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On 8th July, 2022, the world was shocked when a prominent leader in Asia and former PM of Japan, Shinzo Abe was shot dead while addressing an election meeting. When the details of the assassination trickled out, there was a lot of discussion around the weapon used for the vile act, more than about the perpetrator. All concerns were around whether the gun used was 3D printed, and that not only are 3D printed guns virtually untraceable but that they are easy for anyone to make at home as 3D printing machines are easy to purchase.

Like many remarkable inventions in history, 3D printing got into the limelight for all the wrong reasons. History is dotted with many key innovations that later turned out to be cornerstones in human evolution, such as nuclear energy, guns, photography etc.

Additive manufacturing — unlike conventional manufacturing where material is removed to manufacture an item —  is a process in which a component is manufactured by material being deposited, joined or solidified to form a 3D shape defined by a CAD model. The 3D geometry is defined in CAD software on the basis of which steps for the manufacturing process are defined.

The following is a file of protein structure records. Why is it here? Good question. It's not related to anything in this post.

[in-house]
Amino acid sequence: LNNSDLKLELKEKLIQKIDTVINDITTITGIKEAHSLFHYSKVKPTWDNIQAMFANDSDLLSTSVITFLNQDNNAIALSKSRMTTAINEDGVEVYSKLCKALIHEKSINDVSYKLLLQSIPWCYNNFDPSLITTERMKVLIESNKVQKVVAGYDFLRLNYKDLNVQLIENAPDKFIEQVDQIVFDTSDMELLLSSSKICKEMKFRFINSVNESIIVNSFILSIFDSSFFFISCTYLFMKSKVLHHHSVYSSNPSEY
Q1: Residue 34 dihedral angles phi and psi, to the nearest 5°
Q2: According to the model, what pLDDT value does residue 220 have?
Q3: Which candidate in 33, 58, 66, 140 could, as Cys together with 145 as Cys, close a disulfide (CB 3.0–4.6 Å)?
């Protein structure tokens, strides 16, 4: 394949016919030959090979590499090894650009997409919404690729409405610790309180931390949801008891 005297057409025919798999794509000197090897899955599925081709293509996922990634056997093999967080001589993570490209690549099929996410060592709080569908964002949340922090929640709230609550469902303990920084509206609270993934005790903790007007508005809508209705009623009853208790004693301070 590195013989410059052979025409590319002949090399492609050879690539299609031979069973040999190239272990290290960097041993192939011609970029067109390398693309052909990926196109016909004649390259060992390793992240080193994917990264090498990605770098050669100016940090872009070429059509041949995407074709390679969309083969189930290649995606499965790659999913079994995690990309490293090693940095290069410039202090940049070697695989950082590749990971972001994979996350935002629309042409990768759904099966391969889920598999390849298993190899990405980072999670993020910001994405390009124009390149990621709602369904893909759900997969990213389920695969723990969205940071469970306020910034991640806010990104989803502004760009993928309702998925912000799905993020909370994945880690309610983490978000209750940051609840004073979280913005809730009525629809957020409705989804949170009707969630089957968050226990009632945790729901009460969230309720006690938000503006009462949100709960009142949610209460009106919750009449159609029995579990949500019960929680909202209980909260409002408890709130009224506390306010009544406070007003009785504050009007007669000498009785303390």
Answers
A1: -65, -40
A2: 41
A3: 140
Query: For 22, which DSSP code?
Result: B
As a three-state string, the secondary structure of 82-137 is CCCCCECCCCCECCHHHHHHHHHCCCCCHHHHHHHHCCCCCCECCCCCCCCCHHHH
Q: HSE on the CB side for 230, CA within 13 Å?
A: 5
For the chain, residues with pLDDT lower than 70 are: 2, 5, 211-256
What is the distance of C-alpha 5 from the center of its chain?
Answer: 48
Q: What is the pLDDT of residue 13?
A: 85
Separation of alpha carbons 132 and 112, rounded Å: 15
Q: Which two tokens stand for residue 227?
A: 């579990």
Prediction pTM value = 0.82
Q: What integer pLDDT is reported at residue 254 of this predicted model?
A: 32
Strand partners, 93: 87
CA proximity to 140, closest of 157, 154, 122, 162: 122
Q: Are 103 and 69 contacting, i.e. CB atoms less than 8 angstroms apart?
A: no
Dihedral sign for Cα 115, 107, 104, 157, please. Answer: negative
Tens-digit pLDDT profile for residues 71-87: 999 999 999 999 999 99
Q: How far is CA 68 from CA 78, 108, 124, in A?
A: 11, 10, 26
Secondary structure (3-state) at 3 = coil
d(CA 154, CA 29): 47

For decades 3D printing, which has morphed into a larger manufacturing methodology called additive manufacturing, had been languishing at the brink of cutting edge manufacturing practices. For decades it existed as stereolithography-based manufacturing used mainly for rapid prototyping. Every major conference on manufacturing would have this as a side show, or at best an afterthought.

With advances in the medical industry in prosthetics and inserts, developments in aerospace and defence industry using non traditional materials and shapes, and similar changes in energy and other key sectors, the need for a newer faster way of manufacturing with a wide range of materials and shapes came about, which the traditional material removal manufacturing processes couldn’t address